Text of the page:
It seems like countries are waking up to the unfairness of tech giants not paying for news content featured on their platforms. After Canada and Australia, Malaysia in the Southeast is considering making tech giants like Meta and Google pay for news content.
The Malaysian Communications and Multimedia Commission (MCMC) recently held talks with Meta, Google, and other social media platforms over the challenges posed by online media. The discussions involved measures to tackle harmful content online like child sexual abuse, online gambling, scams, and phishing, discontent against race, royalty, and religions, etc.
What does Malaysia want?
- The discussions also involved implementing a regulatory framework along the lines of the policies implemented in Canada and Australia to make tech giants compensate for news content.
- MCMC said Australia’s policy has set an example for the world on the importance of fair compensation.
- In Canada, Meta has gone on an offensive over the new policies by banning news content, removing links, and limiting access to news outlets on its platforms.
- However, in Australia, the policies have paved the way for Google, Meta, and others to come to compensation agreements with news outlets.
- In Malaysia, tech giants and online content have come under greater scrutiny since Prime Minister Anwar Ibrahim came to power in November 2022.
- Earlier this year, Malaysia threatened to prosecute Meta over the non-removal of content it deemed undesirable. The case was dropped after talks between the government and the American tech giant.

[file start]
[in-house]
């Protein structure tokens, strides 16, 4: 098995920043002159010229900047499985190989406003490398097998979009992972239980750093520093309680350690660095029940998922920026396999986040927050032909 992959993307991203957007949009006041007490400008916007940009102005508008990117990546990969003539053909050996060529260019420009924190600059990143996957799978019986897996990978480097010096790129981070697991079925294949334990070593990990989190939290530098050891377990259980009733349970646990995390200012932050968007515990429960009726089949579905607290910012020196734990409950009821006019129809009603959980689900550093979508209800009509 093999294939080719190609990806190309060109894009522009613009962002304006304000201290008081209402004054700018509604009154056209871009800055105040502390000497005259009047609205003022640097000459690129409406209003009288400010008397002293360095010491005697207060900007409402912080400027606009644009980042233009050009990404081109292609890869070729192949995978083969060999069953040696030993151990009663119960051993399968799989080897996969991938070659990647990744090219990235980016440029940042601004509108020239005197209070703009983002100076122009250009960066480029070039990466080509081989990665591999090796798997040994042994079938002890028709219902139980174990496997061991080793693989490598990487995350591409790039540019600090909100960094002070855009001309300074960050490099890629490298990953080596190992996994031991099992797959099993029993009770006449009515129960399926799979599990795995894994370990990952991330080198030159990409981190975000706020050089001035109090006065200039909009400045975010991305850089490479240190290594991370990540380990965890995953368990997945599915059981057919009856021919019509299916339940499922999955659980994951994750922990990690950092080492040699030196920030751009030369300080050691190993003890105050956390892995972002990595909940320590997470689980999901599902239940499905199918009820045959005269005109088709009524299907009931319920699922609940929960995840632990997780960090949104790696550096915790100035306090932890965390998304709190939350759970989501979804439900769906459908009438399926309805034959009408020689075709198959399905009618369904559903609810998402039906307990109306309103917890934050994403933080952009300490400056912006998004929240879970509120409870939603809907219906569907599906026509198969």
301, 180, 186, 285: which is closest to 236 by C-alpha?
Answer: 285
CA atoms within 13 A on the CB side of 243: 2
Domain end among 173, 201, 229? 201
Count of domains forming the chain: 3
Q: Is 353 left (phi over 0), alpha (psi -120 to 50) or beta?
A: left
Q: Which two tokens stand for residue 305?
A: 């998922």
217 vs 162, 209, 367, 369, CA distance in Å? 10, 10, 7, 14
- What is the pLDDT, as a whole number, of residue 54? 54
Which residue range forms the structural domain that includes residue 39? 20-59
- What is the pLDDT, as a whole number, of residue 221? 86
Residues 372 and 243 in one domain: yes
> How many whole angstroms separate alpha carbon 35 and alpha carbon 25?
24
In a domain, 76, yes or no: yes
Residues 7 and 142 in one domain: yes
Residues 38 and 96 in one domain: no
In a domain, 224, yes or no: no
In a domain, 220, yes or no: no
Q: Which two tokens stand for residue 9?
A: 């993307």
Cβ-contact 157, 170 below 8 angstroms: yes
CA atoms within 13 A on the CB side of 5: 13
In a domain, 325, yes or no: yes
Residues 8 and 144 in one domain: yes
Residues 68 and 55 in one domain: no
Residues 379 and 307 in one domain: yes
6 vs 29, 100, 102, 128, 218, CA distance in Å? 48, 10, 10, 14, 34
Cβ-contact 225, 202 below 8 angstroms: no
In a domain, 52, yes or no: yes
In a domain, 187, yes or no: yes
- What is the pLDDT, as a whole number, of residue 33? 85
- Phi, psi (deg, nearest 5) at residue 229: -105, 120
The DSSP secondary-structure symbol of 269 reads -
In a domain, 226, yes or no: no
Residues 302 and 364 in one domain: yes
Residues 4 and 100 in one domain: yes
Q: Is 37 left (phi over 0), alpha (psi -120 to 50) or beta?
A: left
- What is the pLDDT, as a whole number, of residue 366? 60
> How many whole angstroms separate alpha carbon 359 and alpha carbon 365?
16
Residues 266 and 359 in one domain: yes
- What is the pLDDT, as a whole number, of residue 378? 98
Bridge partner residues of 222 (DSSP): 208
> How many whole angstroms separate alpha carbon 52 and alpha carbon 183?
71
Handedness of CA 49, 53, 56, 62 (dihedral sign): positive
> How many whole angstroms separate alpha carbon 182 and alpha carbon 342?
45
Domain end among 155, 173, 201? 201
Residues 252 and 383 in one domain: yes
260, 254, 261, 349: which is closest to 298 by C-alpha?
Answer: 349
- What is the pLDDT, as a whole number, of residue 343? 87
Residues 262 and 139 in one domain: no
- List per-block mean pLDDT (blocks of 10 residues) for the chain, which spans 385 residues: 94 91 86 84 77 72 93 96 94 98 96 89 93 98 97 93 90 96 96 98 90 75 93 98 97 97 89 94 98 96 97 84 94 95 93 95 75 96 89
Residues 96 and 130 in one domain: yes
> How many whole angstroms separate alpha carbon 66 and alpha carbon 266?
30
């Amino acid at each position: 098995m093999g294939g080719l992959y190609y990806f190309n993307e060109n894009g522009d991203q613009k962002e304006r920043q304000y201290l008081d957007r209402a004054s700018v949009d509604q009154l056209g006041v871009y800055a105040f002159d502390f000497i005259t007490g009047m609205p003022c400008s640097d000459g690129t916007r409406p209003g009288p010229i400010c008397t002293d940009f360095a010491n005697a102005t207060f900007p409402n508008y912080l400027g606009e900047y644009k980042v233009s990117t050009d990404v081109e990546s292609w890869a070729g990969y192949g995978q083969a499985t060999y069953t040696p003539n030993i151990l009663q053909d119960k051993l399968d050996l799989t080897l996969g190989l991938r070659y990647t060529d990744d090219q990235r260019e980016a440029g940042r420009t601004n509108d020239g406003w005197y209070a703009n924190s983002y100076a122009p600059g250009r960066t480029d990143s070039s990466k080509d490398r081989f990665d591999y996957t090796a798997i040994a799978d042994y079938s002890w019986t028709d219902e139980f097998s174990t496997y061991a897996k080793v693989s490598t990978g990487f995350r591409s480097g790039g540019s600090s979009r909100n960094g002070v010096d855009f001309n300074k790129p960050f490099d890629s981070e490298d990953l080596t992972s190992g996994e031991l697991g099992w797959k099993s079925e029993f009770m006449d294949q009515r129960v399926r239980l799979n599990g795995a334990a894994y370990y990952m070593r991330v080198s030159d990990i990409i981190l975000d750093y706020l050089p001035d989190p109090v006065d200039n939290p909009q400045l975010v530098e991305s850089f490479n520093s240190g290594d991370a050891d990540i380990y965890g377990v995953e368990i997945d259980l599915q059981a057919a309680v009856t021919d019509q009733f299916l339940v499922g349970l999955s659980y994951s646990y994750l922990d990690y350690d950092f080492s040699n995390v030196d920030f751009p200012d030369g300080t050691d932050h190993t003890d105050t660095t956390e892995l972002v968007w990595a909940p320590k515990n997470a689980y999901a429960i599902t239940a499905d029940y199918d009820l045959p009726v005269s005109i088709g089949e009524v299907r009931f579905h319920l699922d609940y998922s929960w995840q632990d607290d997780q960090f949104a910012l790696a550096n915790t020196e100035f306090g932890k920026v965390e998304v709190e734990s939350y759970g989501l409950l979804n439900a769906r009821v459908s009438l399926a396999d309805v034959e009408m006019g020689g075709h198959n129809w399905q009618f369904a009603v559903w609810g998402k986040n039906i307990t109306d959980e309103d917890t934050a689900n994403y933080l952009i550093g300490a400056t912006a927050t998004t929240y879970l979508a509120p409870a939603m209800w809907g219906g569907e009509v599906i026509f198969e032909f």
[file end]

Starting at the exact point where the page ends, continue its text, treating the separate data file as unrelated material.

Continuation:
- Not just Australia, Canada, or Malaysia, but even India’s Union I&B Ministry Secretary Apurva Chandra has said that it is important for tech giants to share revenue with news outlets. European countries are also mulling a similar policy.
Why pay for news?
- The argument is that the tech giants are making undue revenue by hosting original news content that doesn’t belong to them, while not compensating the news outlets.
- However, the tech giants have counter-argued that news outlets are already making revenue by using their platforms for free for sharing and marketing their content.
- Tech giants also say that it is difficult to scour for the original source of content when the same content is being circulated, rewritten, and shared by millions of different entities.
- While countries are discussing whether tech giants should pay news outlets for content or not, nearly a decade later, on other hand, generative AI platforms have cropped up as a threat to original content producers.
- Generative AI like ChatGPT by OpenAI are accused of using original content from the internet to feed their Large Language Models to generate AI content without paying the original producers.
- The Guardian recently revealed that they have blocked OpenAI from accessing their content over concerns of intellectual property rights. Previously, CNN, the New York Times, Reuters, the Washington Post and Bloomberg have also blocked OpenAI’s web crawler.